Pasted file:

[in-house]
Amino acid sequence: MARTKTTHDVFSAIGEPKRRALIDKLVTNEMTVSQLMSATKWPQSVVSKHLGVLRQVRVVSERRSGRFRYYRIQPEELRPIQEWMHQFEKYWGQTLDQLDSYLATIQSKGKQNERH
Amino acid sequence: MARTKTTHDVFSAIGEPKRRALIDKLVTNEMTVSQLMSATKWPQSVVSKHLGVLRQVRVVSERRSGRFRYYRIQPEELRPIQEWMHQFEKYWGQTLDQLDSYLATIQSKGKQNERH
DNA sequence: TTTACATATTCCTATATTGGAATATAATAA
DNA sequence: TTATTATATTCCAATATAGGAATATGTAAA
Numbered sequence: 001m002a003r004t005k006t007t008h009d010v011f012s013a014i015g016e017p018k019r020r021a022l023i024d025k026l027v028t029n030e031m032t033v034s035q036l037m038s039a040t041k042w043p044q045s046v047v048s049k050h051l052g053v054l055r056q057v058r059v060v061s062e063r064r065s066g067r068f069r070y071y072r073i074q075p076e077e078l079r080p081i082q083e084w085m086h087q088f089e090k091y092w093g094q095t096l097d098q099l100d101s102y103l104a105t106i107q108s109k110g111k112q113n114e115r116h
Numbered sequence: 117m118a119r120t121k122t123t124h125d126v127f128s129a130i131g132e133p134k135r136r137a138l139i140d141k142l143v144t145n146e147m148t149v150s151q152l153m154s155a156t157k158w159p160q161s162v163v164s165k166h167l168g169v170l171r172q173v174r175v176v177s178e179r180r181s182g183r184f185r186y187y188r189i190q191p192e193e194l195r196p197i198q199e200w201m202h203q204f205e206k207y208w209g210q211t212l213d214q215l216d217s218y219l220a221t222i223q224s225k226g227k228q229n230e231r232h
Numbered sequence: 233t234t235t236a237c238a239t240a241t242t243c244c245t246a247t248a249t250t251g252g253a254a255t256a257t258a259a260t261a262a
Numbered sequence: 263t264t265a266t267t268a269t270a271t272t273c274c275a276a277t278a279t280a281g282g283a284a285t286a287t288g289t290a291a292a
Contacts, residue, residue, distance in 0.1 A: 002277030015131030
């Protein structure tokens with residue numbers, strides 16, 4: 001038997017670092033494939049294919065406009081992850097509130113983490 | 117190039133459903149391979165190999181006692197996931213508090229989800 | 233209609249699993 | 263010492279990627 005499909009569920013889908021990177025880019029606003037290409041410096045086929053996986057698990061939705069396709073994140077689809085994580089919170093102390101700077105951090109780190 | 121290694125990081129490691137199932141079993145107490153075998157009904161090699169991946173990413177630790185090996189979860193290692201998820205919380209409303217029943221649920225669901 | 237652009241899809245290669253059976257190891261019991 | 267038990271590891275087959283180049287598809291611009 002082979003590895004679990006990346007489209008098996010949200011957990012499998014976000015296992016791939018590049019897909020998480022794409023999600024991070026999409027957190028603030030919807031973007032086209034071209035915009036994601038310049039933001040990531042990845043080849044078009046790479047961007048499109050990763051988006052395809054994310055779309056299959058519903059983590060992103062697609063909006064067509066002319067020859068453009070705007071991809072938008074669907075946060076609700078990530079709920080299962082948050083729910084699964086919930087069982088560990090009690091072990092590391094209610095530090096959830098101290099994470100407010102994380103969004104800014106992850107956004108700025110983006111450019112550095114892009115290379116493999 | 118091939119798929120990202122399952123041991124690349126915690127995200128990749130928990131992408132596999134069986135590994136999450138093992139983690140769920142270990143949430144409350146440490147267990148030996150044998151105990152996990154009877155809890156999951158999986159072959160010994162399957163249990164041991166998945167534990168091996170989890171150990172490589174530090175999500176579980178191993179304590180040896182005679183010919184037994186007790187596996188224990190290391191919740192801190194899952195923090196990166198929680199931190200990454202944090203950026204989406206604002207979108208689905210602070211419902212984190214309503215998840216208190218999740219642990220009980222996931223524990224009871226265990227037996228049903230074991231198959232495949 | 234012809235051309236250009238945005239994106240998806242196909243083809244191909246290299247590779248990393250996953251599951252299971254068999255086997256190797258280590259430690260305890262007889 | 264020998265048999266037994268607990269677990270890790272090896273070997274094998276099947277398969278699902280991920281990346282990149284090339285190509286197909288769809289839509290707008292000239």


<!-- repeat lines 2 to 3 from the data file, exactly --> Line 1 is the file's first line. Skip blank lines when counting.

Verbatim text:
Amino acid sequence: MARTKTTHDVFSAIGEPKRRALIDKLVTNEMTVSQLMSATKWPQSVVSKHLGVLRQVRVVSERRSGRFRYYRIQPEELRPIQEWMHQFEKYWGQTLDQLDSYLATIQSKGKQNERH
Amino acid sequence: MARTKTTHDVFSAIGEPKRRALIDKLVTNEMTVSQLMSATKWPQSVVSKHLGVLRQVRVVSERRSGRFRYYRIQPEELRPIQEWMHQFEKYWGQTLDQLDSYLATIQSKGKQNERH